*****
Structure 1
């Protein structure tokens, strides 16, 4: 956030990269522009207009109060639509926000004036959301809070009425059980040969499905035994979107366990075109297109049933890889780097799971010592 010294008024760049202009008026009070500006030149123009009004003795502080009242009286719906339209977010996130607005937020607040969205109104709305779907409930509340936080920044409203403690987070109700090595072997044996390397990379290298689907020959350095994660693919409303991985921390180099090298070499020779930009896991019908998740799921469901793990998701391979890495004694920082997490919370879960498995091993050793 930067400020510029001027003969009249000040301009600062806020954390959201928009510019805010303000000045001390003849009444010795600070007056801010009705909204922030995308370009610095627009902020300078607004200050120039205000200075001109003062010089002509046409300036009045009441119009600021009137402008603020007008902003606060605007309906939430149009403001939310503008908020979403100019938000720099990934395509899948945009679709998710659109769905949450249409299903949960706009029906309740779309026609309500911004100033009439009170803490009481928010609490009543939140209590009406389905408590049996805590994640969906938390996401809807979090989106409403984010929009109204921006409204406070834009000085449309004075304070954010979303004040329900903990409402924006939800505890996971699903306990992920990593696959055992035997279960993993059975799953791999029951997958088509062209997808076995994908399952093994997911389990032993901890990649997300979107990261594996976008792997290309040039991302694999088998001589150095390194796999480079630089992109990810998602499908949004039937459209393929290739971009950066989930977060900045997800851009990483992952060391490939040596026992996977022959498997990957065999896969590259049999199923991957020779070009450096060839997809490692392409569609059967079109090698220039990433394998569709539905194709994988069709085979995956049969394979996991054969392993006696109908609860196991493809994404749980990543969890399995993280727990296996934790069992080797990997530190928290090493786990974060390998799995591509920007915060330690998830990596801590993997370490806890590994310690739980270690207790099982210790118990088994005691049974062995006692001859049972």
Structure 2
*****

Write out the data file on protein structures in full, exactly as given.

Structure 1
């Protein structure tokens, strides 16, 4: 956030990269522009207009109060639509926000004036959301809070009425059980040969499905035994979107366990075109297109049933890889780097799971010592 010294008024760049202009008026009070500006030149123009009004003795502080009242009286719906339209977010996130607005937020607040969205109104709305779907409930509340936080920044409203403690987070109700090595072997044996390397990379290298689907020959350095994660693919409303991985921390180099090298070499020779930009896991019908998740799921469901793990998701391979890495004694920082997490919370879960498995091993050793 930067400020510029001027003969009249000040301009600062806020954390959201928009510019805010303000000045001390003849009444010795600070007056801010009705909204922030995308370009610095627009902020300078607004200050120039205000200075001109003062010089002509046409300036009045009441119009600021009137402008603020007008902003606060605007309906939430149009403001939310503008908020979403100019938000720099990934395509899948945009679709998710659109769905949450249409299903949960706009029906309740779309026609309500911004100033009439009170803490009481928010609490009543939140209590009406389905408590049996805590994640969906938390996401809807979090989106409403984010929009109204921006409204406070834009000085449309004075304070954010979303004040329900903990409402924006939800505890996971699903306990992920990593696959055992035997279960993993059975799953791999029951997958088509062209997808076995994908399952093994997911389990032993901890990649997300979107990261594996976008792997290309040039991302694999088998001589150095390194796999480079630089992109990810998602499908949004039937459209393929290739971009950066989930977060900045997800851009990483992952060391490939040596026992996977022959498997990957065999896969590259049999199923991957020779070009450096060839997809490692392409569609059967079109090698220039990433394998569709539905194709994988069709085979995956049969394979996991054969392993006696109908609860196991493809994404749980990543969890399995993280727990296996934790069992080797990997530190928290090493786990974060390998799995591509920007915060330690998830990596801590993997370490806890590994310690739980270690207790099982210790118990088994005691049974062995006692001859049972």
Structure 2